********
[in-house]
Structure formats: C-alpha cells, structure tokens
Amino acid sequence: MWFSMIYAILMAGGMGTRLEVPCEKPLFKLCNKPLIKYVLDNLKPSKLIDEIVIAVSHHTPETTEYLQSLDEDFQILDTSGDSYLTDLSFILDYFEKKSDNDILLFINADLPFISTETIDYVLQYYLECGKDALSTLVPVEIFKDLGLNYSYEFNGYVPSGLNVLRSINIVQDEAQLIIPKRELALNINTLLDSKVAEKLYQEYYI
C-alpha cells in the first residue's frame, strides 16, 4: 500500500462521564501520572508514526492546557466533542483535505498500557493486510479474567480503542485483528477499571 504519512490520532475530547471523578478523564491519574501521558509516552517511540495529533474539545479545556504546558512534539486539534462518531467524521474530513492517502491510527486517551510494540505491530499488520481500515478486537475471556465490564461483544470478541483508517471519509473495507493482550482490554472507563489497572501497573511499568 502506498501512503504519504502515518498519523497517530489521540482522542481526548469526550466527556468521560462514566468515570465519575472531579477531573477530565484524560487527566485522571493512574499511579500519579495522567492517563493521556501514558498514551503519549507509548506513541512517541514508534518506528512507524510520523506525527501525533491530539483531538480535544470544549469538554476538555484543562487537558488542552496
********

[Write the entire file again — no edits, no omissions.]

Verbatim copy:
[in-house]
Structure formats: C-alpha cells, structure tokens
Amino acid sequence: MWFSMIYAILMAGGMGTRLEVPCEKPLFKLCNKPLIKYVLDNLKPSKLIDEIVIAVSHHTPETTEYLQSLDEDFQILDTSGDSYLTDLSFILDYFEKKSDNDILLFINADLPFISTETIDYVLQYYLECGKDALSTLVPVEIFKDLGLNYSYEFNGYVPSGLNVLRSINIVQDEAQLIIPKRELALNINTLLDSKVAEKLYQEYYI
C-alpha cells in the first residue's frame, strides 16, 4: 500500500462521564501520572508514526492546557466533542483535505498500557493486510479474567480503542485483528477499571 504519512490520532475530547471523578478523564491519574501521558509516552517511540495529533474539545479545556504546558512534539486539534462518531467524521474530513492517502491510527486517551510494540505491530499488520481500515478486537475471556465490564461483544470478541483508517471519509473495507493482550482490554472507563489497572501497573511499568 502506498501512503504519504502515518498519523497517530489521540482522542481526548469526550466527556468521560462514566468515570465519575472531579477531573477530565484524560487527566485522571493512574499511579500519579495522567492517563493521556501514558498514551503519549507509548506513541512517541514508534518506528512507524510520523506525527501525533491530539483531538480535544470544549469538554476538555484543562487537558488542552496